Divorce Library – Spousal Support Faqs

  How is spousal support determined?


Unlike child support, spousal support is not calculated with the use of an algorithm. There are numerous statutory factors to be considered by the Court in determining spousal support. Those circumstances include:

  1. The earning capacity of each party to maintain the standard of living established during the marriage taking into account:
    • Marketable skills of each party;
    • Time and training to acquire marketable skills;
    • Extent future earning capacity is impaired by periods of unemployment during the marriage so that the supported party could devote time to domestic duties;
    • The extent the supported party contributed to the career of the supporting party;
    • The ability of the supporting party to pay;
    • The needs of each party based on standard of living during the marriage;
    • The obligations and assets, including the separate property of each party;
    • The duration of the marriage;
    • The ability of the supported party to engage in gainful employment without unduly interfering with the interests of dependent children in the custody of the party;
    • The balance of the hardships to each party;
    • The goal that the supported party shall be self supporting within a reasonable amount of time;
    • Any other factors the court deems just and equitable.

As you can imagine, the amount of support lies clearly within the discretion of the Court based on numerous factors. It may be in the best interests of the parties to attempt to negotiate spousal support to the satisfaction of both parties.

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  How long does spousal support last?


Typically, spousal support for a marriage under 10 years lasts for 1/2 the length of the marriage, at which time the Court’s ability to award spousal support after that time is usually terminated. However, this is not a hard and fast rule and based on other factors, the Court could determine spousal support should last for a longer or shorter period of time.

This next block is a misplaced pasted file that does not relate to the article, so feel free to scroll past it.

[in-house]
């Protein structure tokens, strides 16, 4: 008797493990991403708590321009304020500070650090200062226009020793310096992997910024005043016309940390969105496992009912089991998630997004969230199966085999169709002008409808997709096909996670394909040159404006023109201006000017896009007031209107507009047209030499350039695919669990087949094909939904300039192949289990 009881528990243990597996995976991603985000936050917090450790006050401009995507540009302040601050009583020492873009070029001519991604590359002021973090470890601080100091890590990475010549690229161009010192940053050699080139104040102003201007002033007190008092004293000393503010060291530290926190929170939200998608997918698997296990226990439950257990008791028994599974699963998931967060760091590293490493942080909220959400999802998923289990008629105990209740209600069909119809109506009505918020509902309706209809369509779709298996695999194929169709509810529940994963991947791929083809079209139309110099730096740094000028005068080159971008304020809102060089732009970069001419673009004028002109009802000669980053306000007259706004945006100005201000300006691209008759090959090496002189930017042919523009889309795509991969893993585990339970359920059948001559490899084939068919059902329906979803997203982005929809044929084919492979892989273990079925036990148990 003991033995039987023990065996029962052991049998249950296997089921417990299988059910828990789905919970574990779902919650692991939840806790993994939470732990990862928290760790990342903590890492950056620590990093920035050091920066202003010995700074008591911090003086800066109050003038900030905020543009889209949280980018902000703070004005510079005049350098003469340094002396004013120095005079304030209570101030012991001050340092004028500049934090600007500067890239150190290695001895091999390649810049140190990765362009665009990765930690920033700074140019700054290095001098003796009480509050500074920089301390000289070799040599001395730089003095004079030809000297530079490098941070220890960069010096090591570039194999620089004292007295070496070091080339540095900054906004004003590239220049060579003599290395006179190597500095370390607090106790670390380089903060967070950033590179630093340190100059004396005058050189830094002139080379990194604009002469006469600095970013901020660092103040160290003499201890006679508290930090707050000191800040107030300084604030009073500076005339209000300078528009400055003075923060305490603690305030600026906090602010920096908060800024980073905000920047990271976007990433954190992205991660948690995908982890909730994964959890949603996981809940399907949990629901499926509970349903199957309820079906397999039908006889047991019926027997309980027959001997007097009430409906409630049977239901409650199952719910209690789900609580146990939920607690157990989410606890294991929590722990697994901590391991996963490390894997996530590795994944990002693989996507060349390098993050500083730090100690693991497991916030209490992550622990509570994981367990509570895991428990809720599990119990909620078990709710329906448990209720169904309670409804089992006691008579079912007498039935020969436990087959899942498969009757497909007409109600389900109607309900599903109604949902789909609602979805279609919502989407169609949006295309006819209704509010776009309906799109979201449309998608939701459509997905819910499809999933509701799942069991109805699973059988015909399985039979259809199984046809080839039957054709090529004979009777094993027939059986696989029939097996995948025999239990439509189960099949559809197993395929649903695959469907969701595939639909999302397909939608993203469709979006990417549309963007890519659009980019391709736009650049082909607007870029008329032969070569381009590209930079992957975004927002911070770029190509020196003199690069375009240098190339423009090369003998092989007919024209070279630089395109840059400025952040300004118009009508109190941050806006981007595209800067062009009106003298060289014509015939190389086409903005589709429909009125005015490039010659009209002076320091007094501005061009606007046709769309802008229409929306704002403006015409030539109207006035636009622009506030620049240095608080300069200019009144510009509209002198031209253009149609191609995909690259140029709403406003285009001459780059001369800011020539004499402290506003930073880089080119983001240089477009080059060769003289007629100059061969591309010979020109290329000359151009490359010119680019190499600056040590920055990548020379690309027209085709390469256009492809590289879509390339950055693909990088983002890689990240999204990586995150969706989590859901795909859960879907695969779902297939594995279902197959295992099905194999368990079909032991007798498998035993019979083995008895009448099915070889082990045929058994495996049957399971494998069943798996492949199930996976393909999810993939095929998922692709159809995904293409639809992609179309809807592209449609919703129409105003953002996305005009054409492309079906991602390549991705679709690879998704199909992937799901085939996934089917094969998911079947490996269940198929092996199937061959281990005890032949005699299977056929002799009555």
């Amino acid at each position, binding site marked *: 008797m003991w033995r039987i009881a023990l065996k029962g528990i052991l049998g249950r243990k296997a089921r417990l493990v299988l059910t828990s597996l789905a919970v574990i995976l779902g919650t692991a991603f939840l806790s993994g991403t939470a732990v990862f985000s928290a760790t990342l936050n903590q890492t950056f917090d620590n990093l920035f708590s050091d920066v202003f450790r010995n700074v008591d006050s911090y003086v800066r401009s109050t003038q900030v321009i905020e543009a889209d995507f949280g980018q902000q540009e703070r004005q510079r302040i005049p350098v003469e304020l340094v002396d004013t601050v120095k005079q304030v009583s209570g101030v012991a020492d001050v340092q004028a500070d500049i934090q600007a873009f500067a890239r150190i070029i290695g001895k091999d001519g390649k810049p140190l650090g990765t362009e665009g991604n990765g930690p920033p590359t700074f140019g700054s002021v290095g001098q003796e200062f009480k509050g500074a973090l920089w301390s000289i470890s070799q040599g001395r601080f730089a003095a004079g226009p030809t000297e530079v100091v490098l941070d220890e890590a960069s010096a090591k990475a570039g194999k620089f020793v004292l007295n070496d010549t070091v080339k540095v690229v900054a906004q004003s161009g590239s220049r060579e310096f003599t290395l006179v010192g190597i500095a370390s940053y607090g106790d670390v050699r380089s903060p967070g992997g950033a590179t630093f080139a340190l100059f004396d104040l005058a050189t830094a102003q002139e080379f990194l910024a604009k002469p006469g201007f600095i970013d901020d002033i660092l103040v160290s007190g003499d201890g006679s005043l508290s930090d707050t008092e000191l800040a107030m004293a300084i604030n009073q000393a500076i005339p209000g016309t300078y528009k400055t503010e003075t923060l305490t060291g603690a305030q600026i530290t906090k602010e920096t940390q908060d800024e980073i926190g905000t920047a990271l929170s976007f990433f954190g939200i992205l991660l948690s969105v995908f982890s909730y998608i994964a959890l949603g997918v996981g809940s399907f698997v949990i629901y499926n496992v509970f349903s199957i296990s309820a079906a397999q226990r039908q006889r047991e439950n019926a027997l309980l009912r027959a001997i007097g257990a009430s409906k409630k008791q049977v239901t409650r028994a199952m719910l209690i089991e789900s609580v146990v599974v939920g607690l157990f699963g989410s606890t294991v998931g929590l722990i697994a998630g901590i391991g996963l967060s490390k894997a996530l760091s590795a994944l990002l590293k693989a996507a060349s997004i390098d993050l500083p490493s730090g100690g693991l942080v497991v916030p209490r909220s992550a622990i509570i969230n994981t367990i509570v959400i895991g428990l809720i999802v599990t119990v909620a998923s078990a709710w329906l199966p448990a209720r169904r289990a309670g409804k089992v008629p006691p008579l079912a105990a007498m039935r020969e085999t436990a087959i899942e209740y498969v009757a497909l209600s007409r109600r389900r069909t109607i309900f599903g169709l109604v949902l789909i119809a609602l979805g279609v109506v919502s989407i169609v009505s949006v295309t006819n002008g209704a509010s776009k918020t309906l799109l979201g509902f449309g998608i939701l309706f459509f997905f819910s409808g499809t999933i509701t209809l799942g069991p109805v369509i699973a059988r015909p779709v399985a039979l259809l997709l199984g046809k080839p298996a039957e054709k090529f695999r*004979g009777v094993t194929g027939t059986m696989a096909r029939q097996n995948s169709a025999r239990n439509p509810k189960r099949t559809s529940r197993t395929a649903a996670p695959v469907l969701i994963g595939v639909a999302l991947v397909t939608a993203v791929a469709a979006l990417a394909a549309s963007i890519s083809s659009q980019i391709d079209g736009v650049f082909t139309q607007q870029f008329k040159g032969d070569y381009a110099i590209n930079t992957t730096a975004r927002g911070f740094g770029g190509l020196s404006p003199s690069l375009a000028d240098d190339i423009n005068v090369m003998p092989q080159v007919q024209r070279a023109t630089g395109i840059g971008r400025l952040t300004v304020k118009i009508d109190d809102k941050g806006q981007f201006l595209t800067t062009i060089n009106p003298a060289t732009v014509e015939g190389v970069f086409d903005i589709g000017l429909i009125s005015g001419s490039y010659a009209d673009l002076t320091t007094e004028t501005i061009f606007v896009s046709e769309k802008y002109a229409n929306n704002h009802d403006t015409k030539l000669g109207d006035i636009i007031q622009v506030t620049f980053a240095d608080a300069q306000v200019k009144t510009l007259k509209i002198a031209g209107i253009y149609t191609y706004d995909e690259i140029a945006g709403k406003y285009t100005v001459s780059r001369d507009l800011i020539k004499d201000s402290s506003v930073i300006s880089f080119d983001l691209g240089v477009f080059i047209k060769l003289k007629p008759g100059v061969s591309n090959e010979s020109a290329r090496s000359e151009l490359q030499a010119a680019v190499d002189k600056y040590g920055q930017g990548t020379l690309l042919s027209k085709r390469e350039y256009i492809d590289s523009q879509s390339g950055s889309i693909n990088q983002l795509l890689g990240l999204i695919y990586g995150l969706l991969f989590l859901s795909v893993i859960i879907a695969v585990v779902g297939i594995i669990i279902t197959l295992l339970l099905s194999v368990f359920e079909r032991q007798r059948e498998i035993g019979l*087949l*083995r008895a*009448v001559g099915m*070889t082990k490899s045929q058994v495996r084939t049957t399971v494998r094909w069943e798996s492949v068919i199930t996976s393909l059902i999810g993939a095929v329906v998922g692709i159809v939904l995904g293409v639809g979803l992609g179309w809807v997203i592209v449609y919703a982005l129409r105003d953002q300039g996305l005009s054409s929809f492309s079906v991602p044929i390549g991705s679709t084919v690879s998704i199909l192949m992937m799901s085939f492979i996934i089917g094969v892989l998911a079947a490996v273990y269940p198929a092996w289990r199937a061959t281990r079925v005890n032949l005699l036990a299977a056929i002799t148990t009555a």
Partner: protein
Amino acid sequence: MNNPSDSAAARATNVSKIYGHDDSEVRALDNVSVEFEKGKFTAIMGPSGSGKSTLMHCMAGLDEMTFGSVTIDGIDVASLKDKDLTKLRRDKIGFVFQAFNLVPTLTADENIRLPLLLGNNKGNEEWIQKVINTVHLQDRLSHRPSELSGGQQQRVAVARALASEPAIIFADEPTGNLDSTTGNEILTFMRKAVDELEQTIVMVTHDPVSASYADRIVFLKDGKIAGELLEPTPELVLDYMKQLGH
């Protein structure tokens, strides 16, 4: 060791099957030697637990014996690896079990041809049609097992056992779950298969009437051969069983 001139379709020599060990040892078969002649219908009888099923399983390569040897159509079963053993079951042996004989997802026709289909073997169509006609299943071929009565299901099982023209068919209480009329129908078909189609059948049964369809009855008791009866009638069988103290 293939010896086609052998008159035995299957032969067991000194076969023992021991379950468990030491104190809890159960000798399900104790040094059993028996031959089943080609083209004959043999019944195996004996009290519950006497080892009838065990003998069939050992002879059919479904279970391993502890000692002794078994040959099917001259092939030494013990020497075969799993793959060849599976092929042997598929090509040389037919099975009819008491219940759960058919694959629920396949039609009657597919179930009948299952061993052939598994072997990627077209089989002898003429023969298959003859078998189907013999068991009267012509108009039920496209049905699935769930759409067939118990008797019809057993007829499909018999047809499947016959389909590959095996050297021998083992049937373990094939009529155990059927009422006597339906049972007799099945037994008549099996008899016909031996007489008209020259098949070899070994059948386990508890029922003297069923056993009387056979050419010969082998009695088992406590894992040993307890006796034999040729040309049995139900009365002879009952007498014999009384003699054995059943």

In marriages over 10 years in duration, the Court will generally retain jurisdiction to review the issue of spousal support indefinitely. The initial support order in a long term marriage may be for half the length of the marriage, however at the end of that time the court has the power to review the issue of support and continue spousal support if warranted. It is also typical for spousal support in a long term marriage to continue until the supporting spouse brings an action in the future to modify based on changed circumstances. For more information on sposual support, speak to a divorce attorney at Neumann Family Law, APC.

In a long term marriage where the supported spouse is of an age making employment difficult, it is likely the Court will order spousal support to continue as long as the supporting spouse is able to pay support or terminates by operation of law.

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  When does spousal support terminate by operation of law?


Spousal Support terminates when the supported party remarries or dies, or the party providing support dies.

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  Does cohabitation terminate spousal support?


If the parties agree that cohabitation terminates spousal support, then spousal support will terminate after a party cohabitates with a person of the opposite sex in a romantic relationship.

If there is not agreement to terminate spousal support when a party cohabitates after a certain period of time, then spousal support does not terminate by operation of law. In this instance, the supporting party can move the court to review the issue of spousal support as there is a rebuttable presumption that the person cohabitating has a reduced need for support.

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  Can spousal support be waived?


Unlike child support that cannot be waived, spousal support can be waived by agreement between the parties, terminating the court’s ability to award spousal support based on any circumstances in the future.

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  Can spousal support be modified?


In a Marital Settlement Agreement, parties can agree to make spousal support non-modifiable. In this instance then, spousal support would not be modifiable.

If the parties do not agree to make spousal support non-modifiable, then spousal support orders are modifiable upon any showing of changed circumstances as long as the Court’s jurisdiction to award support has not terminated by operation of law or due to the agreement of the parties.

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